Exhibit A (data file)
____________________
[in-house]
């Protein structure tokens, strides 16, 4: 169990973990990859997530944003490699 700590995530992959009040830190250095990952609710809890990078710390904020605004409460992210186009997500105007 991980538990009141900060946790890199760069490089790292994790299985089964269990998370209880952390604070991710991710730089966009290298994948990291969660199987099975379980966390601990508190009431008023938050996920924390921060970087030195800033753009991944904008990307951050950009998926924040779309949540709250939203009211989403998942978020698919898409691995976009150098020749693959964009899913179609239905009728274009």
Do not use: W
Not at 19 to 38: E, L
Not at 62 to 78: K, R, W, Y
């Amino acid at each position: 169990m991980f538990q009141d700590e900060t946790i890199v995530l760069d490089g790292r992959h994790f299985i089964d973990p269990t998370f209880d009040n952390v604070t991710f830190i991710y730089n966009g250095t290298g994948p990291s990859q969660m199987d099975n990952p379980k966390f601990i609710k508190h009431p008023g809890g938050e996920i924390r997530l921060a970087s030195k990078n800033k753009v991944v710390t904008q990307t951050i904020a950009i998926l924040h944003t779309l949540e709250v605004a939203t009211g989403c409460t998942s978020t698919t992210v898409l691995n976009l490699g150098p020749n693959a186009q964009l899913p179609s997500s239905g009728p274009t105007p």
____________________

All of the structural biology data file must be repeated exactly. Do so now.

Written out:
[in-house]
């Protein structure tokens, strides 16, 4: 169990973990990859997530944003490699 700590995530992959009040830190250095990952609710809890990078710390904020605004409460992210186009997500105007 991980538990009141900060946790890199760069490089790292994790299985089964269990998370209880952390604070991710991710730089966009290298994948990291969660199987099975379980966390601990508190009431008023938050996920924390921060970087030195800033753009991944904008990307951050950009998926924040779309949540709250939203009211989403998942978020698919898409691995976009150098020749693959964009899913179609239905009728274009």
Do not use: W
Not at 19 to 38: E, L
Not at 62 to 78: K, R, W, Y
């Amino acid at each position: 169990m991980f538990q009141d700590e900060t946790i890199v995530l760069d490089g790292r992959h994790f299985i089964d973990p269990t998370f209880d009040n952390v604070t991710f830190i991710y730089n966009g250095t290298g994948p990291s990859q969660m199987d099975n990952p379980k966390f601990i609710k508190h009431p008023g809890g938050e996920i924390r997530l921060a970087s030195k990078n800033k753009v991944v710390t904008q990307t951050i904020a950009i998926l924040h944003t779309l949540e709250v605004a939203t009211g989403c409460t998942s978020t698919t992210v898409l691995n976009l490699g150098p020749n693959a186009q964009l899913p179609s997500s239905g009728p274009t105007p």